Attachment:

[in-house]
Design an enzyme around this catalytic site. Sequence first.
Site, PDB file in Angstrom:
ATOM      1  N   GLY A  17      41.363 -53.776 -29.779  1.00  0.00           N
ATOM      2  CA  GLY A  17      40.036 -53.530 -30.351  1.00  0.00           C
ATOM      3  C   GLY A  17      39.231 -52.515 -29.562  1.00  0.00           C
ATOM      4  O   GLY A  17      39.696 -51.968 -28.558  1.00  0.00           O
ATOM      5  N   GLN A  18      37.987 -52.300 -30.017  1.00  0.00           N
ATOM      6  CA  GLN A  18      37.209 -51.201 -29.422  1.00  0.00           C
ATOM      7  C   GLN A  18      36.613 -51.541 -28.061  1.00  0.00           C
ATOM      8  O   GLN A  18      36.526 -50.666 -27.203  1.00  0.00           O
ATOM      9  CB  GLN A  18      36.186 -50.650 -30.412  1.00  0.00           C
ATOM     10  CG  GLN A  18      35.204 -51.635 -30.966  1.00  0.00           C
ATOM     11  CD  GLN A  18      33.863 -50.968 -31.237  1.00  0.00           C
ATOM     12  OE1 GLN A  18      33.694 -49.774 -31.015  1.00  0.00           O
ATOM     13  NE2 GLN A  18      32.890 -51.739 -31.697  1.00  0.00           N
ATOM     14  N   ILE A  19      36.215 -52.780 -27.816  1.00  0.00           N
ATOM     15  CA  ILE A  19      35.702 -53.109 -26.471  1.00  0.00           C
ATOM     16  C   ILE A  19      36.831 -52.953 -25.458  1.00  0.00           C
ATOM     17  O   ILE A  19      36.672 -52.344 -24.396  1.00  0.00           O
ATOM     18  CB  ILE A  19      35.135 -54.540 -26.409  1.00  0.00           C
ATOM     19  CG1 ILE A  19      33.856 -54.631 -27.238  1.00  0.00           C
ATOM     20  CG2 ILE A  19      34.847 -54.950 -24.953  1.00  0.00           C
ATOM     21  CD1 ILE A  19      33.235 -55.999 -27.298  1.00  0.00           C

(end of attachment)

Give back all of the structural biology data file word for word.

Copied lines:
[in-house]
Design an enzyme around this catalytic site. Sequence first.
Site, PDB file in Angstrom:
ATOM      1  N   GLY A  17      41.363 -53.776 -29.779  1.00  0.00           N
ATOM      2  CA  GLY A  17      40.036 -53.530 -30.351  1.00  0.00           C
ATOM      3  C   GLY A  17      39.231 -52.515 -29.562  1.00  0.00           C
ATOM      4  O   GLY A  17      39.696 -51.968 -28.558  1.00  0.00           O
ATOM      5  N   GLN A  18      37.987 -52.300 -30.017  1.00  0.00           N
ATOM      6  CA  GLN A  18      37.209 -51.201 -29.422  1.00  0.00           C
ATOM      7  C   GLN A  18      36.613 -51.541 -28.061  1.00  0.00           C
ATOM      8  O   GLN A  18      36.526 -50.666 -27.203  1.00  0.00           O
ATOM      9  CB  GLN A  18      36.186 -50.650 -30.412  1.00  0.00           C
ATOM     10  CG  GLN A  18      35.204 -51.635 -30.966  1.00  0.00           C
ATOM     11  CD  GLN A  18      33.863 -50.968 -31.237  1.00  0.00           C
ATOM     12  OE1 GLN A  18      33.694 -49.774 -31.015  1.00  0.00           O
ATOM     13  NE2 GLN A  18      32.890 -51.739 -31.697  1.00  0.00           N
ATOM     14  N   ILE A  19      36.215 -52.780 -27.816  1.00  0.00           N
ATOM     15  CA  ILE A  19      35.702 -53.109 -26.471  1.00  0.00           C
ATOM     16  C   ILE A  19      36.831 -52.953 -25.458  1.00  0.00           C
ATOM     17  O   ILE A  19      36.672 -52.344 -24.396  1.00  0.00           O
ATOM     18  CB  ILE A  19      35.135 -54.540 -26.409  1.00  0.00           C
ATOM     19  CG1 ILE A  19      33.856 -54.631 -27.238  1.00  0.00           C
ATOM     20  CG2 ILE A  19      34.847 -54.950 -24.953  1.00  0.00           C
ATOM     21  CD1 ILE A  19      33.235 -55.999 -27.298  1.00  0.00           C